McDougall believes additional clinical studies with cannabis are necessary to properly address the tough issues facing arthritis sufferers and their caretakers, including drug interactions, dosing, and optimal consumption avenues. “Further research into medical cannabis is required so we can understand the different subpopulations of patients who may be responsive to medical cannabis,” said McDougall.
The efficacy of cannabis for all forms of arthritis has been touted in literally thousands of patient testimonies. One of the most compelling is that of 87-year-old Santa Cruz, California resident Dorothy Gibbs, who employed a wide variety of traditional pharmaceutical drugs in an effort to decrease her pain and discomfort prior to considering cannabis as a treatment therapy.
Gibbs had been prescribed a litany of pharmaceutical drugs for her condition, including Tylenol #3, Ultram, Daypro, Tegretol, Soma, Valium, steroid injections into trigger points, Dilantin, Duragesic, Zofran, Compazine (for the nausea caused by the opioid pain relievers), Dolobid, and Lodine. “Nothing seemed to work,” reported the octogenarian.
“My caretaker had heard of the success some people experience with the medicinal use of marijuana for pain management,” she said. Sometime during the end of 1997, Gibbs obtained a cannabis sample. “Although I had never used marijuana in my previous eighty-seven years of life, I was willing to try anything that could alleviate even part of the pain,” she said.
“The relief I experienced from medical marijuana was almost immediate. I was so pleased with the result that I wrote to [my primary care physician] about my use of medical marijuana and we talked about the benefits of the medicine. [He] examined me and noted that medical marijuana helped me experience less chronic pain and nausea, leading him to recommended [it] as part of my daily pain care regimen,” she said.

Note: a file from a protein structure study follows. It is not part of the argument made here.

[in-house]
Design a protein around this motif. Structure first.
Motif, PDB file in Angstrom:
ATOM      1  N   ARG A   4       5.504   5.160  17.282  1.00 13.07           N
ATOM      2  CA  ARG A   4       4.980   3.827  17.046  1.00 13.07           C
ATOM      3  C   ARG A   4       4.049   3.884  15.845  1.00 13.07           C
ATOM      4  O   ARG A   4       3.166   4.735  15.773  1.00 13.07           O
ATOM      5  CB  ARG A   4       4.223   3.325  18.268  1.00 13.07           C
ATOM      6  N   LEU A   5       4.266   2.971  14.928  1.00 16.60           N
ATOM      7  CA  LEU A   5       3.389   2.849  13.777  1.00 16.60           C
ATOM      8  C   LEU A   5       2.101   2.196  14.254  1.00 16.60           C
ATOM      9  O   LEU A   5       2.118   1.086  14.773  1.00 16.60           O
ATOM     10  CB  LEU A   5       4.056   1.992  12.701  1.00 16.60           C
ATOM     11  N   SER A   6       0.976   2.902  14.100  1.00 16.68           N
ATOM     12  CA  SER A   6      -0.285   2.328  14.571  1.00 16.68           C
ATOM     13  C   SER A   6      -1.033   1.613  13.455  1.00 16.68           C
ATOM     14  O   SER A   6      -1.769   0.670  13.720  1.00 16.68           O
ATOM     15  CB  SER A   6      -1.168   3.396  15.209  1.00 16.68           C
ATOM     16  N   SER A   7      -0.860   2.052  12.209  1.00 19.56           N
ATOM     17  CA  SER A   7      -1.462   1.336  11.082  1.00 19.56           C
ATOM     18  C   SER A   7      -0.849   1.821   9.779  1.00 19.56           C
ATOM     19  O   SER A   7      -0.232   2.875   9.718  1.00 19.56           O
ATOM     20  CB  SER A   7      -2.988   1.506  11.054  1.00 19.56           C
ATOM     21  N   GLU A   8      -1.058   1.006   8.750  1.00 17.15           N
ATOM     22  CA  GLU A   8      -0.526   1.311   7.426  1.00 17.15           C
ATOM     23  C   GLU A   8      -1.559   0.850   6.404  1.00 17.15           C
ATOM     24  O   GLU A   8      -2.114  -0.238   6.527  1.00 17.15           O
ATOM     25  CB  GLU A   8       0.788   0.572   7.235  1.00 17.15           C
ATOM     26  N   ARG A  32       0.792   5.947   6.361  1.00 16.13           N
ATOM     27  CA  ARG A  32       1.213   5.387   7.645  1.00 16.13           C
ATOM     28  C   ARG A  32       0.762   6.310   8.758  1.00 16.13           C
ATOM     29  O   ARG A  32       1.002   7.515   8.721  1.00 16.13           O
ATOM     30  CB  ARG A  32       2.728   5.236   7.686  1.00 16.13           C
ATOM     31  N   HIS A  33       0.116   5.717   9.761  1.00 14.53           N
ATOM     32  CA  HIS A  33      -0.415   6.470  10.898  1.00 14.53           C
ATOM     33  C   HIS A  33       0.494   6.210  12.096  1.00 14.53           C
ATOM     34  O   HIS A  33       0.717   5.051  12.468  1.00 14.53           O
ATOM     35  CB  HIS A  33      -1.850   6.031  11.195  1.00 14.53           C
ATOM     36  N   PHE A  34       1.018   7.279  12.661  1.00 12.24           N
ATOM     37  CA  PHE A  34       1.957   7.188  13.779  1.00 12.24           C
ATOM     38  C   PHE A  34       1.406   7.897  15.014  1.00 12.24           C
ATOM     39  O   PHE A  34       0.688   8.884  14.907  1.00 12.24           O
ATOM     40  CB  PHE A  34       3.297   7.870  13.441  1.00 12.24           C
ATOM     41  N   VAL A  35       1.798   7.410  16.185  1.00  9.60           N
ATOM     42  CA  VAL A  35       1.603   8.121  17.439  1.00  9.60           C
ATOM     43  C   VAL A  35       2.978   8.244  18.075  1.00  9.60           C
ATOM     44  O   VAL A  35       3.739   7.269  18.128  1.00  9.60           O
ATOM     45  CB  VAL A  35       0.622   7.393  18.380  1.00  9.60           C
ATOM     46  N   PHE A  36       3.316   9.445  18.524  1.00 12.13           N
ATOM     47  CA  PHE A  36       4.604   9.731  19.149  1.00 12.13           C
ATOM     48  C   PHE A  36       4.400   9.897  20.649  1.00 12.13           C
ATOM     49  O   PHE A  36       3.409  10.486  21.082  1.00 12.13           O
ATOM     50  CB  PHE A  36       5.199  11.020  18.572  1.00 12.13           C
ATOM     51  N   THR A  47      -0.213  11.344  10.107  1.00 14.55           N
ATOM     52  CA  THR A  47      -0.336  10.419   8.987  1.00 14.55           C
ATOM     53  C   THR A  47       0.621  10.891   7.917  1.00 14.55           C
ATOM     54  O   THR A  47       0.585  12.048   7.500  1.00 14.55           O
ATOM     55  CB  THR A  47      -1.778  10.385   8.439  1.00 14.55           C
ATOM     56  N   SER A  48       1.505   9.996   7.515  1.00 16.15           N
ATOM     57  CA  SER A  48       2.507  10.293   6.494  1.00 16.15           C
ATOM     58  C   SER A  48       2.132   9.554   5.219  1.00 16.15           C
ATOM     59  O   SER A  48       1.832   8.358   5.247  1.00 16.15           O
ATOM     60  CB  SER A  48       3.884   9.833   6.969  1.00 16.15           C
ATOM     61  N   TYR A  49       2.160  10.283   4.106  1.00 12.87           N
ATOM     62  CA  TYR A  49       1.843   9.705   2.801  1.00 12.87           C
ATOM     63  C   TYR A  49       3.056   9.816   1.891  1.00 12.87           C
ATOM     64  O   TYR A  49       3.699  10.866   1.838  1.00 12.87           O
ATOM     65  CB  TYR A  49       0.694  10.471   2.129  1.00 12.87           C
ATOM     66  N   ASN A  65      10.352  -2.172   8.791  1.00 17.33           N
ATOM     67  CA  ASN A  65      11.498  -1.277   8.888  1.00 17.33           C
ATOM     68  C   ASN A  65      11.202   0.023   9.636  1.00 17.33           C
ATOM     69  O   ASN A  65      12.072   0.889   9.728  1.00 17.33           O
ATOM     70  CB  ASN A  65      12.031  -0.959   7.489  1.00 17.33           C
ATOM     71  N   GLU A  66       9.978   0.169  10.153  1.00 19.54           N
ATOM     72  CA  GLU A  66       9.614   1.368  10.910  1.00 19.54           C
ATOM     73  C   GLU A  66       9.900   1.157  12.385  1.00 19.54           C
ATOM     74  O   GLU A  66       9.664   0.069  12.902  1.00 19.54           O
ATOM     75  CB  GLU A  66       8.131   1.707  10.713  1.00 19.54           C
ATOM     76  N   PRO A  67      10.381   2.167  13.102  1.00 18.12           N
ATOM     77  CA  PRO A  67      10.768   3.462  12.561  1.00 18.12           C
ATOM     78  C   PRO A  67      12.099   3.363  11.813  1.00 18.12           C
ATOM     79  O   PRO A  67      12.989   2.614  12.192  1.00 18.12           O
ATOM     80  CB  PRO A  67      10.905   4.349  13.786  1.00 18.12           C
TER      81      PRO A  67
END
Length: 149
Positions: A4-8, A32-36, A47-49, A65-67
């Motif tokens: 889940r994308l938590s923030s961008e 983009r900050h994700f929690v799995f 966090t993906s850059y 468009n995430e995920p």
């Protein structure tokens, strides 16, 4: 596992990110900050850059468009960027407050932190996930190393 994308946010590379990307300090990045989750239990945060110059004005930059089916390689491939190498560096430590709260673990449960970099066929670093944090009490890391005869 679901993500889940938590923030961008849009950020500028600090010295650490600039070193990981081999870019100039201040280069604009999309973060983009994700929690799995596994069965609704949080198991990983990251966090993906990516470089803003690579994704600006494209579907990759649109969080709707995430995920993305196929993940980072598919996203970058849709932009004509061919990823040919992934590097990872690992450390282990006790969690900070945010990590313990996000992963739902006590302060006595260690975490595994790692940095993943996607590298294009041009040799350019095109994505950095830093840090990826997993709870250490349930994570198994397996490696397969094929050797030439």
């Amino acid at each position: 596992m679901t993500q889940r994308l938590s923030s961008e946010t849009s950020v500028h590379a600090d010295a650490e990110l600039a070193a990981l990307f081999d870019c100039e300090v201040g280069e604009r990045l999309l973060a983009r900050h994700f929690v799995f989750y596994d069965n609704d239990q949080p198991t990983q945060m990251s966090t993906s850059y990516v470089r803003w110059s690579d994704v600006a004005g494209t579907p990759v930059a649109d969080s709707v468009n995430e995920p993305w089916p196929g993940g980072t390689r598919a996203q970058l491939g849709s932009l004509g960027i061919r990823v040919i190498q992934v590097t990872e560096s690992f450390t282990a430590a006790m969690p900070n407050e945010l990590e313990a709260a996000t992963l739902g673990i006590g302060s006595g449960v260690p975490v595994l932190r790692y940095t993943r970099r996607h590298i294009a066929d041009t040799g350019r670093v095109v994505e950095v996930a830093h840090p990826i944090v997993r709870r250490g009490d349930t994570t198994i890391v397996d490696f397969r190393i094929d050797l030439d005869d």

Lisa Lang Van Camp is a patient in Illinois who suffers from severe osteoarthritis. Her physician recommended medical cannabis to help her control the condition, favoring it over harsh and addiction-riddled pharmaceutical drugs such as oxycodone (marketed as OxyContin) which she had previously been prescribed to manage pain.
“The one thing that has helped has been medical marijuana…cannabis. Since I’ve been using cannabis, I noticed my symptoms going away,” said Lang Van Camp, adding “I’m more aware of what I’m physically doing. I’m more engaged in conversation.”
Perhaps of greatest note in her testimony is how cannabis medicine has offered her a safer alternative to potentially harmful pharmaceutical drugs. “The magic of this—at least, to me—is, with cannabis, I have not needed any of the OxyContin.”
Much research conducted throughout the world has provided both clinical and anecdotal evidence to support the medical efficacy of cannabis for arthritis.
A 2017 study entitled “Attenuation of Early Phase Inflammation by Cannabidiol Prevents Pain and Nerve Damage in Rat Osteoarthritis” and published in the journal Pain investigated the efficacy of the phytocannabinoid CBD for arthritis.
Reported the study, “CBD is a noneuphoria producing constituent of cannabis that has the potential to relieve pain. The aim of this study was to determine whether CBD is anti-nociceptive in OA and whether inhibition of inflammation by CBD could prevent the development of OA pain and joint neuropathy.”
A 2014 study conducted in Spain entitled “Involvement of the Endocannabinoid System in Osteoarthritis Pain” and published in the European Journal of Neuroscience worked with rodent models. The researchers found cannabis to be effective in treating both the inflammation and pain associated with all forms of arthritis.
Concluded the researchers, “The ubiquitous distribution of cannabinoid receptors, together with the physiological role of the endocannabinoid system in the regulation of pain, inflammation, and even joint function, further support the therapeutic interest of cannabinoids for osteoarthritis.”
A 2013 study entitled “Cannabinoid CB2 Receptors Regulate Central Sensitization and Pain Responses Associated with Osteoarthritis of the Knee Joint” and published in the journal PLOS One revealed that cannabinoids target CB2 receptors within the endocannabinoid system of mammals and are effective in dealing with the pain associated with osteoarthritis.
“These findings suggest that targeting CB2 receptors may have therapeutic potential for treating OA pain,” concluded the researchers.